It would be great if Thursday's immigration law ruling by U.S. District Judge Richard Gergel contributes to the emerging national discussion on immigration.
Our own Sen. Lindsey Graham said as much in the wake of the national election. Because what's in place right now isn't working.
“Of course we're disappointed that the 'show me your papers' provision is still upheld,” said Victoria Middleton, executive director the ACLU of South Carolina. But she added the ACLU and other civil liberties groups remain optimistic.
Middleton, who attended the hearing Tuesday, said Judge Gergel encouraged those groups to return to the court system if they receive complaints of the law being abused.
So there's hope, and there's even the possibility for change.
Defining what's reasonable
Immigration is not a black and white issue; it has many shades, “way too complex for an officer on the street to have to deal with,” Middleton said.
Someone could have a visa that's expired, or have applied for citizenship, or be seeking asylum, but there's no way to know that by looking.
“That large number of people who may 'look like immigrants' are also vulnerable to being challenged,” Middleton said. Trying to identify people by sight who just look like they don't belong here could result in profiling everyone from our own governor to someone with Ohio license plates.
The ruling also upholds the portion of the law that makes it illegal to hold people for an unreasonable amount of time while those checks are being completed. “Eighty minutes would not be a reasonable amount of time,” Middleton added.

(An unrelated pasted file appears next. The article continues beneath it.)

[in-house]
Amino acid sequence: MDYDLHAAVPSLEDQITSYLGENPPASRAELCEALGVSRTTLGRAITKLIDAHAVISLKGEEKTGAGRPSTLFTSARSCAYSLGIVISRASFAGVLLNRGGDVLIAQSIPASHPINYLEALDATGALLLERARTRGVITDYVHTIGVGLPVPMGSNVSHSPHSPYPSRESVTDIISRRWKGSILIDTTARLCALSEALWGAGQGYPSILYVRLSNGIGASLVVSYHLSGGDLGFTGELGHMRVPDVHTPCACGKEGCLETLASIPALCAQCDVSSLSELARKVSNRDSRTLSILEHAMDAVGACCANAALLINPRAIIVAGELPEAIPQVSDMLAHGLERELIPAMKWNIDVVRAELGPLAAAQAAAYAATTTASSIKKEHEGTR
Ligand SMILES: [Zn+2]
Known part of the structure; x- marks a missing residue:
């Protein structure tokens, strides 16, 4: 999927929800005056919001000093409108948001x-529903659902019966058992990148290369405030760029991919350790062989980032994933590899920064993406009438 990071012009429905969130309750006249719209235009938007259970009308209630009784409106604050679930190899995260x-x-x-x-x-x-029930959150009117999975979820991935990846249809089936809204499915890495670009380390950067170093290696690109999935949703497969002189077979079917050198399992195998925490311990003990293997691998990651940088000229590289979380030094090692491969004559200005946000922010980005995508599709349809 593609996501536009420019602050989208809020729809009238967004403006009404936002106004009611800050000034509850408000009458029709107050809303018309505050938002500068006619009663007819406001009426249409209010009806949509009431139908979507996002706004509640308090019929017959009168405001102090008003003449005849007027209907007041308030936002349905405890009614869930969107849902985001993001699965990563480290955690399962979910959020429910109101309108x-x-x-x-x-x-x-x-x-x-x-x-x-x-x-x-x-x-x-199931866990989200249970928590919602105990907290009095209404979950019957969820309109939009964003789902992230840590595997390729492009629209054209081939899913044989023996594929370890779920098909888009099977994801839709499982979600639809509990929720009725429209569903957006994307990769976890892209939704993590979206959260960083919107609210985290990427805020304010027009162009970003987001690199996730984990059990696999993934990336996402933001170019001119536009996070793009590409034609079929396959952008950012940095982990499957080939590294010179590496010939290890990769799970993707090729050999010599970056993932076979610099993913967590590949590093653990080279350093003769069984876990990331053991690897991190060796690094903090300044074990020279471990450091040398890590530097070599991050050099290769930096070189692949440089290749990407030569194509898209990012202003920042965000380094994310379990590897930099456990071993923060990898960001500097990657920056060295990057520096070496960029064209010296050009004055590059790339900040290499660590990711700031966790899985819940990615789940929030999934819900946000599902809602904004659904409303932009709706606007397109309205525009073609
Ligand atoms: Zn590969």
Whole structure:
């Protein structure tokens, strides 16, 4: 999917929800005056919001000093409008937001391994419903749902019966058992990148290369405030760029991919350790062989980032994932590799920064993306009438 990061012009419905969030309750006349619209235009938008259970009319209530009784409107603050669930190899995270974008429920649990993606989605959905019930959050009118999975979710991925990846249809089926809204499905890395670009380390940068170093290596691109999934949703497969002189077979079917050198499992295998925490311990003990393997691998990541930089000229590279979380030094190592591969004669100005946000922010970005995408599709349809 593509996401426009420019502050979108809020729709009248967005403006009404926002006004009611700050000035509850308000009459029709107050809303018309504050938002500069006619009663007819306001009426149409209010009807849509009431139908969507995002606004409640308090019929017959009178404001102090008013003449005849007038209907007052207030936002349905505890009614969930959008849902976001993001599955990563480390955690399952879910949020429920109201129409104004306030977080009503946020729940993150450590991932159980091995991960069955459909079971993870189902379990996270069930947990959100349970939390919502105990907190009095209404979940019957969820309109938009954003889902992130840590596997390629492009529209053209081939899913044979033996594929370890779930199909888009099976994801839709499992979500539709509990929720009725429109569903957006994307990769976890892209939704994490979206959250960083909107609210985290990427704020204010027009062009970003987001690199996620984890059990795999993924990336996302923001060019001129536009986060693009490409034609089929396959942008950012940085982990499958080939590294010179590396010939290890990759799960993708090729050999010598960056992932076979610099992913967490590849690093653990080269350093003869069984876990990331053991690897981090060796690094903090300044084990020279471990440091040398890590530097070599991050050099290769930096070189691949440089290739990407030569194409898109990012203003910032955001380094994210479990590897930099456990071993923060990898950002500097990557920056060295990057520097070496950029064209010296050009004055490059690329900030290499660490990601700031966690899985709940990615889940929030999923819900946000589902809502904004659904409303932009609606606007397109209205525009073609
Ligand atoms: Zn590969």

And that's time an officer is not out responding to other calls.
Meanwhile, it would set up some really bad scenarios from a humanrights perspective.
“Families are very much going to be affected by this if someone is detained. ... It can create a humanitarian crisis.”
And if you think that's overblown, think again. What if you or a loved one is pulled over for the ubiquitous broken taillight on the way to pick up your child from day care? What if daycare closes in 30 minutes? Suddenly, it seems like a much bigger deal to have to wait while someone checks your status.
The most recent U.S. Census figures show that the foreign-born share of our state's population increased to 4.7 percent in 2010, or 218,494 foreign-born residents. That's a population that's growing, not going away.
For his part, Charleston Police Chief Greg Mullen had no plans at the end of the week to have his officers start doing anything differently. “We don't want to do something that's going to create a wedge between the police and the community,” Mullen said. What they do will be shaped by direction from the state attorney general's office, “after we've had a chance to clearly define what the expectations are for our officers.”
Sounds like a good plan for everyone.
Reach Melanie Balog at 937-5565 or email@example.com.